Published: 8 months ago

Clean Your Exit Ramp

People in ministry often discover that some things are out of their control. Nowhere is this more obvious than the question of facilities. If you don’t have the key to the supply closet, you can’t refill the paper towel dispenser. If you meet in a rented facility, you can’t always predict when the lobby will be shut down in order to strip and wax the floors. If your building is located on a busy highway, you can’t do anything about the trash that motorists toss out their windows.

Or maybe you can.

Those three examples are excuses more than anything else. Of course we can ask for (and usually get) a spare key. We can work with building owners to know maintenance schedules. And trashy facilities or properties? We may not be able to keep people from tossing their trash, but we certainly don’t have to leave it there.

In her book It’s My Pleasure, Dee Ann Turner, Chick-fil-A’s Vice President for Corporate Talent, relates the following story:

Excellence in product and service is the backbone of success for any business. However, businesses do not become excellent in the big areas without focusing on the small details, too. For years, former Chick-fil-A President and COO Jimmy Collins…was known for stopping his car on the busy exit ramp leading to the Chick-fil-A Corporate office to pick up trash along the roadway. Even though that roadway is the responsibility of the local municipality, they did not keep the exit ramp clear of trash, so Jimmy did it for them. To this day, our own staff cleans that exit ramp because we want guests to have a remarkable experience from the moment they exit the highway and head toward Chick-fil-A. Excellence in small things leads to excellence in big things.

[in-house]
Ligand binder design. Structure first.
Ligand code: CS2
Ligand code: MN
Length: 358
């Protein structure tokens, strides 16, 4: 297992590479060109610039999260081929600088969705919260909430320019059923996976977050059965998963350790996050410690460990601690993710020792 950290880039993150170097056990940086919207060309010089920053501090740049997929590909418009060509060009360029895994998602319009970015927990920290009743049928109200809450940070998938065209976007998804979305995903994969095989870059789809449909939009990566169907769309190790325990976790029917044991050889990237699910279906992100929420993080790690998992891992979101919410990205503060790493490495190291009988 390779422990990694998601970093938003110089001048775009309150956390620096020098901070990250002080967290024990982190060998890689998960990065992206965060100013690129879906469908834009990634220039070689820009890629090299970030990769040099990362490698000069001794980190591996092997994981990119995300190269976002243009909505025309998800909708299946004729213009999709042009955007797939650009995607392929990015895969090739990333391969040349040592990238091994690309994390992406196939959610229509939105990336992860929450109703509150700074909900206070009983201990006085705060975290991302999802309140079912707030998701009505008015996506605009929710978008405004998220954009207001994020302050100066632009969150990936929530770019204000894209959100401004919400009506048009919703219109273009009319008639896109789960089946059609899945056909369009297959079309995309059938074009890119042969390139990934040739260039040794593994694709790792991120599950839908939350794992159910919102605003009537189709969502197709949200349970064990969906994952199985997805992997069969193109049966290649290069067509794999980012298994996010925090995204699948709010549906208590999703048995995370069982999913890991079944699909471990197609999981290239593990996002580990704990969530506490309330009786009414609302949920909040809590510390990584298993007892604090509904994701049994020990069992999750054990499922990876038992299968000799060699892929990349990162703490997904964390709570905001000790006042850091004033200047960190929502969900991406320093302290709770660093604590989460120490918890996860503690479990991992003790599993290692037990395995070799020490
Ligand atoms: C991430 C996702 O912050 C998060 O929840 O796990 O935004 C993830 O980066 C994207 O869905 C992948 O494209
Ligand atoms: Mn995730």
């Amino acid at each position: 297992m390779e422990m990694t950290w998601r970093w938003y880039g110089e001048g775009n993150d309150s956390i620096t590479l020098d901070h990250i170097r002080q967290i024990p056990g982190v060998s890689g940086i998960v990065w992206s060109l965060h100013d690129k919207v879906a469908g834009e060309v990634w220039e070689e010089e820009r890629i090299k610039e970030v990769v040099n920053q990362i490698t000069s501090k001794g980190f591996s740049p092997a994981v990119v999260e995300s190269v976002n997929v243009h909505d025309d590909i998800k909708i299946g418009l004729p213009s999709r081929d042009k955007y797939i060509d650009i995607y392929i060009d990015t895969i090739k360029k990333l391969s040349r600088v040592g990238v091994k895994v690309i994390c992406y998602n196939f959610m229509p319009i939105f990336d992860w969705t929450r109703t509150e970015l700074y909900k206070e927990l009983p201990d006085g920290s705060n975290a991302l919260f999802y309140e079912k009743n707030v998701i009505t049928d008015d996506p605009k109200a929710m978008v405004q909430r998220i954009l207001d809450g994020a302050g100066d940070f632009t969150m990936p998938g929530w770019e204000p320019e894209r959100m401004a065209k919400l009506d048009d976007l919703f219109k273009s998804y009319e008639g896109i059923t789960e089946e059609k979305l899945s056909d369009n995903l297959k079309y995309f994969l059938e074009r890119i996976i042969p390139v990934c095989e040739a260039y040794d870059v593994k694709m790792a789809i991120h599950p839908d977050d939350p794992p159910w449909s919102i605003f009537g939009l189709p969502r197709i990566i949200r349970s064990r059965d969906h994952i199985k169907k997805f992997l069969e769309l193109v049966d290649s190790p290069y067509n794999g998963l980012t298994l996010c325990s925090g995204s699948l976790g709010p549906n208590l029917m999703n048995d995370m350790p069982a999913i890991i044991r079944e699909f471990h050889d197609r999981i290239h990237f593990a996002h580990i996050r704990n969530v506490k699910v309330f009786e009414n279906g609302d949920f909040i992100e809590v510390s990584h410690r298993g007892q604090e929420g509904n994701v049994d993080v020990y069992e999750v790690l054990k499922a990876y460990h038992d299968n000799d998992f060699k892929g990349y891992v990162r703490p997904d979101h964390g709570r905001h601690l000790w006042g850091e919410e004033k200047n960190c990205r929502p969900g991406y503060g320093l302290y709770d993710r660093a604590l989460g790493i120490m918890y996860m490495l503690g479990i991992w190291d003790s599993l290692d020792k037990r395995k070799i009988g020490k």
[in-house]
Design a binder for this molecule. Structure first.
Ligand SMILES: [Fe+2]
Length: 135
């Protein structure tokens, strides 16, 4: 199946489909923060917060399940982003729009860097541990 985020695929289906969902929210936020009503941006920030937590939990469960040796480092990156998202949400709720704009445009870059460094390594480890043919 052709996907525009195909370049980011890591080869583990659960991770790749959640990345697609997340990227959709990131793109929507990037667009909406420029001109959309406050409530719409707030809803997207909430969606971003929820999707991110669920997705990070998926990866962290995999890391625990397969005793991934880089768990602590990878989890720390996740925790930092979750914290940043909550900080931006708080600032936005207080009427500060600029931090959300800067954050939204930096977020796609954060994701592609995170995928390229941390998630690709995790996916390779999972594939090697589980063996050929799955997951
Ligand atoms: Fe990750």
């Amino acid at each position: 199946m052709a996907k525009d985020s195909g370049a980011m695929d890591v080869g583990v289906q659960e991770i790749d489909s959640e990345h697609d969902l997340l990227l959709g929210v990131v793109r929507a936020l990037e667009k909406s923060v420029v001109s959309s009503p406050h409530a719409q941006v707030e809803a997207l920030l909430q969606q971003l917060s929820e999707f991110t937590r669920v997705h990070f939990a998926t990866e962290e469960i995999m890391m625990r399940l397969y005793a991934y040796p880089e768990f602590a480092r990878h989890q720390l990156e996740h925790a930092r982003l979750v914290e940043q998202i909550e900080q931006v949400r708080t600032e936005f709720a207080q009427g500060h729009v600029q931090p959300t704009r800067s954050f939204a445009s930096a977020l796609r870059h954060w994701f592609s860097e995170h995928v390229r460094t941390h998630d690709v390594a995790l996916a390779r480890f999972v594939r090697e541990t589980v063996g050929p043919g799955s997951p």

So, what are your exit ramps?

  • The literal exit ramps and roadways leading to your facility.
  • The parking lot of the high school where you meet (an 11th grader’s Burger King cup and pickles from his cheeseburger never seems to find the trash can).
  • The empty soap dispensers in your bathroom that the facilities team overlooked.
  • The weeds poking up from the cracks in the sidewalk that the volunteer yard guy didn’t have the time to pull or spray.
  • The entry door glass streaked with weeks’ worth tiny handprints.
  • The 1960’s era faded- and cracked-vinyl chair that was dropped off by a church member, because “you can probably use it in the lobby.”
  • The overflowing trash can that didn’t get emptied after the middle schoolers borrowed your space.
  • The pungent smell coming from the mystery box of leftovers in the church kitchen.

 

As a leader, maybe none of these things are your fault. But they are your responsibility.

As leaders, we lead the way by stooping to pick up the trash. Even if no one else sees it, you must. Because your guests certainly will.

 

photo credit

 

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